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This past summer I inherited a 95 Pontiac Grand am that while looking under the hood, I noticed someone had removed the air conditioning unit. I drove it throughout the summer and wasn't until the winter that I noticed that it was taking a great deal of time for the car to warm up. (Something you notice quite quickly in northern Wisconsin) It was then I realized the engine cooling fans where constantly running. Just to make sure there was nothing else up, I double checked the radiator and engine coolant hoses and found no leaks and the levels were all normal.

My question is, besides just running cooler, are there any other things that I need to be conern about with the fans runnning constantly?

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Just to be clear, what do you mean by "someone had removed the air conditioning unit" - Are you talking about the A/C compressor? – S_Niles Mar 8 '11 at 19:33
What does the engine temp gage read? Normal? Does it take more than 5 minutes to reach normal (210 degrees +/- 20)? – Captain Claptrap Mar 8 '11 at 23:15
up vote 1 down vote accepted

You may have two problems.

Even with the cooling fans running all of the time, the engine thermostat should force the engine to warm up at a normal speed. The thermostat will regulate the coolant to the radiator/fans if it is working properly.

It can be normal for the cooling fans to run constantly under certain conditions. If the car is hot enough, they may be barely keeping up with demand and stay on. Also, most cars will run the fans at a high speed if the A/C is turned on. However, when you first start up a stone cold car with the A/C off, they should not be running.

If they are, the ECU is commanding them on falsely (bad temp sensor or it thinks the missing A/C compressor is "on") or the relay may be stuck closed. Usually you can find another relay of the same type in your fuse box and switch them to see what happens. Testing at the relay would also reveal if the ECU is constantly requesting the relay to the on position.

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On some cars, the cooling fans have their own thermostats or are triggered by coolant temp readings on your ECU.

While you don't want your motor to overheat, you want it reaching operating temperature quickly as this is where your motor is most efficient - e.g. lower emissions, better mileage.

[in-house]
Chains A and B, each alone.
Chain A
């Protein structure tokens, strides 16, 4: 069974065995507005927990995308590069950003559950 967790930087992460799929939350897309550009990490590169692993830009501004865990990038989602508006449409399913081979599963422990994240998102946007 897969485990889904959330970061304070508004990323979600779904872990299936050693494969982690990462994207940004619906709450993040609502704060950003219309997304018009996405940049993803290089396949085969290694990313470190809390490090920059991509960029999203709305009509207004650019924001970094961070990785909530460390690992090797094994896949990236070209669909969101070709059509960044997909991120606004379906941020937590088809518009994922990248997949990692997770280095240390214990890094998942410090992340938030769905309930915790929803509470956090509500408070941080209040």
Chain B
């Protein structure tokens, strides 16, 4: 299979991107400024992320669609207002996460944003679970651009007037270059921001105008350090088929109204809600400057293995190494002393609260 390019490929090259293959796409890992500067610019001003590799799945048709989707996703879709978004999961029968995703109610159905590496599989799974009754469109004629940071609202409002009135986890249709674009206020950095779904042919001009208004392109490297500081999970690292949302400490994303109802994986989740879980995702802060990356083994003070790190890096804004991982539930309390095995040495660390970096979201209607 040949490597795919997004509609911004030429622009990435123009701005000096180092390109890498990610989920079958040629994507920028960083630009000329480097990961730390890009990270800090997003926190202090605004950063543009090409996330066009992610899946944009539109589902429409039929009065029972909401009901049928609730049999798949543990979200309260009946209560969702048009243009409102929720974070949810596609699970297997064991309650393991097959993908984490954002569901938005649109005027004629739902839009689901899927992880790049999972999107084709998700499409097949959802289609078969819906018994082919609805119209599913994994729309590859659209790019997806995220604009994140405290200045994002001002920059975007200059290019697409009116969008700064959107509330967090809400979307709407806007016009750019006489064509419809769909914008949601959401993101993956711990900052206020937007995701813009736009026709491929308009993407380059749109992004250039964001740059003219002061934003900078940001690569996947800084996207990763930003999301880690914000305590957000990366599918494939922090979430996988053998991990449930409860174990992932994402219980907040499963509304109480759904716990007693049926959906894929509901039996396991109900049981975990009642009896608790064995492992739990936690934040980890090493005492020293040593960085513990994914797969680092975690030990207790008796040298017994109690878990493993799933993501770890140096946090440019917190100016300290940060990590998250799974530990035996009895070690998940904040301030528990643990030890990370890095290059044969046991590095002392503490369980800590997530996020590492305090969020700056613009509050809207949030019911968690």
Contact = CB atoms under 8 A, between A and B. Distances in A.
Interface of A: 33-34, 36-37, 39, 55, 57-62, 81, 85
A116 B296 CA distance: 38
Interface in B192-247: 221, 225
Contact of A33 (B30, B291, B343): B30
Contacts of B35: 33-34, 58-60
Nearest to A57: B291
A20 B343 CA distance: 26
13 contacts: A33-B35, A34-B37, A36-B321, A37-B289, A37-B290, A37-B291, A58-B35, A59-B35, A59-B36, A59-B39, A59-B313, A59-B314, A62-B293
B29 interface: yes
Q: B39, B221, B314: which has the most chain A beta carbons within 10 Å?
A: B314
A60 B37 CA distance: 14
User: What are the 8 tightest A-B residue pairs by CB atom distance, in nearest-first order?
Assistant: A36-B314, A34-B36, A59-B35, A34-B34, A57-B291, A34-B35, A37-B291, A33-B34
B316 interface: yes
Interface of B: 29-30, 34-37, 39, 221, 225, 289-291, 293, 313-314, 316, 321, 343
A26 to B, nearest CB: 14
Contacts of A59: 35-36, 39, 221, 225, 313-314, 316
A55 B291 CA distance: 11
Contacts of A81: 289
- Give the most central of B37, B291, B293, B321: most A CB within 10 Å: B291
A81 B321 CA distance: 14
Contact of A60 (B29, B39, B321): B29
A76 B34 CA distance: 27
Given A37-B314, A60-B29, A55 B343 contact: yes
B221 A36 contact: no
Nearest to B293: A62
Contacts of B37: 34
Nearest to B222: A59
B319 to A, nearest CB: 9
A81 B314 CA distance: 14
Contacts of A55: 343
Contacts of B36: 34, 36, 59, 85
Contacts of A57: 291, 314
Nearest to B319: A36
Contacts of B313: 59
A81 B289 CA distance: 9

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Yes, your fans running constantly indicate a problem. From what I've found in my search, the fans are supposed to come on when your a/c is on, which considering you don't have one anymore might be what started all this. Perhaps the "turn fans on" control from the a/c is active low? With it gone, the fans would then run all the time. But the fan control might come from the ecm. I'd have to look at the wiring diagram for the car. Do you have a shop manual for it?

The fans running constantly would obviously slow down your car's ability to heat up the cabin. The only other worry would be related to my comment above. If you are sure that the actual engine temp is normal, there's no problem. I can think of a scenario where it would be bad such as if the coolant pump impeller is worn. The fans would be trying to make up for it and the cabin temp would be slow to rise because the coolant wouldn't be circulating through the heater core properly. But if that were the case, the temp gage on your dash would show the overheating issue so I doubt it.

You might wire up a switch in series with the fans to keep them of. But keep an eye on your temp gage to be sure everything's Kosher without them. That's sort of a Sanford and Son approach.

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Can you describe the behavior - are both fans running constantly, or is one cycling w/ the other constantly on?

Most modern cars with electric fans usually have 2 - one for regular cooling (typically switched by the ECU) and an auxiliary fan for AC. Aux fan control is generally run by a relay, usually tied to whatever engages the compressor clutch (typically the AC switch on your dashboard).

I would be willing to bet when the compressor was removed, someone jumpered out the cooling fan relay(s) so both fans run constantly.

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